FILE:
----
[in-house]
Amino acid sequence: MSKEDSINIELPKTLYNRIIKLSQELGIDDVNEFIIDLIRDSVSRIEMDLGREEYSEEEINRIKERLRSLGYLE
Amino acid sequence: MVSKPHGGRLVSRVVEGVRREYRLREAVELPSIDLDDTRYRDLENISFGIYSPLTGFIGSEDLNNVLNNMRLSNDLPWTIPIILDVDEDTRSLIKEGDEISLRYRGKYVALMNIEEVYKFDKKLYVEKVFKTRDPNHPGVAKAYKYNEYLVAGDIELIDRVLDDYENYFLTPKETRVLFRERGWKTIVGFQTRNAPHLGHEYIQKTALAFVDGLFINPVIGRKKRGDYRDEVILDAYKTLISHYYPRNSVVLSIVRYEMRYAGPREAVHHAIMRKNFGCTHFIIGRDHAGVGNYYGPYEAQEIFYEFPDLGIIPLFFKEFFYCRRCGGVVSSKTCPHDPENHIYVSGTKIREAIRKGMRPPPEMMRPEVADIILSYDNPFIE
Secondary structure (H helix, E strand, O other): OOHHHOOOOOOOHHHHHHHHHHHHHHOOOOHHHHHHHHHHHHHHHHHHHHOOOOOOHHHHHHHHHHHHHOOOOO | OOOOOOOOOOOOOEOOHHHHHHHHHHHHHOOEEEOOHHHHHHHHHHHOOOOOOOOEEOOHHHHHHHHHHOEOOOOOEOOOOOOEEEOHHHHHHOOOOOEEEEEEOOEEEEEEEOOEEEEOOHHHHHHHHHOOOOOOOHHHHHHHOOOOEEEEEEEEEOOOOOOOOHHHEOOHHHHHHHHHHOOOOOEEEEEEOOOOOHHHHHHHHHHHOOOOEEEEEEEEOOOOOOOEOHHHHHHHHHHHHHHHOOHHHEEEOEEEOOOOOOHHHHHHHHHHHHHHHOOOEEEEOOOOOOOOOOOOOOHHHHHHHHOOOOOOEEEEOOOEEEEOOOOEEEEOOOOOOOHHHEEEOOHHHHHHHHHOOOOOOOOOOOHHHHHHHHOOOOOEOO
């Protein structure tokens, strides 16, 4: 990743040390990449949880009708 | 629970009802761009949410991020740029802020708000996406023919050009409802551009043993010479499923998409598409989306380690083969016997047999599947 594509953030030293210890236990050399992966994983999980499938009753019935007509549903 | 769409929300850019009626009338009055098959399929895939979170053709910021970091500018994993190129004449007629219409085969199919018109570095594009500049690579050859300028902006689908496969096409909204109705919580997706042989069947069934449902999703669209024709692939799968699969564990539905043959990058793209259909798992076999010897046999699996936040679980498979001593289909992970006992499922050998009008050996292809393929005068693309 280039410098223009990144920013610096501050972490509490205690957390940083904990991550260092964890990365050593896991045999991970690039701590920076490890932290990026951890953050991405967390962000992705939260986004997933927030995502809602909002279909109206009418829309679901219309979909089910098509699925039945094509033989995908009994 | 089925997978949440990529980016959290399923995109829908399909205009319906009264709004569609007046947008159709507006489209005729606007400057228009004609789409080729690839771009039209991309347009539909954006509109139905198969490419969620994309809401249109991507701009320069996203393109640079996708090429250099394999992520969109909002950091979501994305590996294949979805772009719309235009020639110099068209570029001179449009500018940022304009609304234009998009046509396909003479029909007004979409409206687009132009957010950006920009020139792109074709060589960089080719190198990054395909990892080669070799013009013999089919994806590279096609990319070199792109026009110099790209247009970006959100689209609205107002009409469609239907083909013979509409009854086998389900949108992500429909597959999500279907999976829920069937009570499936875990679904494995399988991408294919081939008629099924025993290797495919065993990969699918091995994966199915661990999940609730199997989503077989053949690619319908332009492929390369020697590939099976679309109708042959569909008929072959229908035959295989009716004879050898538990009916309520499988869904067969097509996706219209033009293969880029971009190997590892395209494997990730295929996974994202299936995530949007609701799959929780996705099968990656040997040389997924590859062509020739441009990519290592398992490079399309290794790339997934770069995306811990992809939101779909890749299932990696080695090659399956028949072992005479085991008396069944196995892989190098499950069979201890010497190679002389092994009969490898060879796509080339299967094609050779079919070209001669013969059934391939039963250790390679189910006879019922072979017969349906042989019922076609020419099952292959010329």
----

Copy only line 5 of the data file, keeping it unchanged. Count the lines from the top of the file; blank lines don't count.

């Protein structure tokens, strides 16, 4: 990743040390990449949880009708 | 629970009802761009949410991020740029802020708000996406023919050009409802551009043993010479499923998409598409989306380690083969016997047999599947 594509953030030293210890236990050399992966994983999980499938009753019935007509549903 | 769409929300850019009626009338009055098959399929895939979170053709910021970091500018994993190129004449007629219409085969199919018109570095594009500049690579050859300028902006689908496969096409909204109705919580997706042989069947069934449902999703669209024709692939799968699969564990539905043959990058793209259909798992076999010897046999699996936040679980498979001593289909992970006992499922050998009008050996292809393929005068693309 280039410098223009990144920013610096501050972490509490205690957390940083904990991550260092964890990365050593896991045999991970690039701590920076490890932290990026951890953050991405967390962000992705939260986004997933927030995502809602909002279909109206009418829309679901219309979909089910098509699925039945094509033989995908009994 | 089925997978949440990529980016959290399923995109829908399909205009319906009264709004569609007046947008159709507006489209005729606007400057228009004609789409080729690839771009039209991309347009539909954006509109139905198969490419969620994309809401249109991507701009320069996203393109640079996708090429250099394999992520969109909002950091979501994305590996294949979805772009719309235009020639110099068209570029001179449009500018940022304009609304234009998009046509396909003479029909007004979409409206687009132009957010950006920009020139792109074709060589960089080719190198990054395909990892080669070799013009013999089919994806590279096609990319070199792109026009110099790209247009970006959100689209609205107002009409469609239907083909013979509409009854086998389900949108992500429909597959999500279907999976829920069937009570499936875990679904494995399988991408294919081939008629099924025993290797495919065993990969699918091995994966199915661990999940609730199997989503077989053949690619319908332009492929390369020697590939099976679309109708042959569909008929072959229908035959295989009716004879050898538990009916309520499988869904067969097509996706219209033009293969880029971009190997590892395209494997990730295929996974994202299936995530949007609701799959929780996705099968990656040997040389997924590859062509020739441009990519290592398992490079399309290794790339997934770069995306811990992809939101779909890749299932990696080695090659399956028949072992005479085991008396069944196995892989190098499950069979201890010497190679002389092994009969490898060879796509080339299967094609050779079919070209001669013969059934391939039963250790390679189910006879019922072979017969349906042989019922076609020419099952292959010329």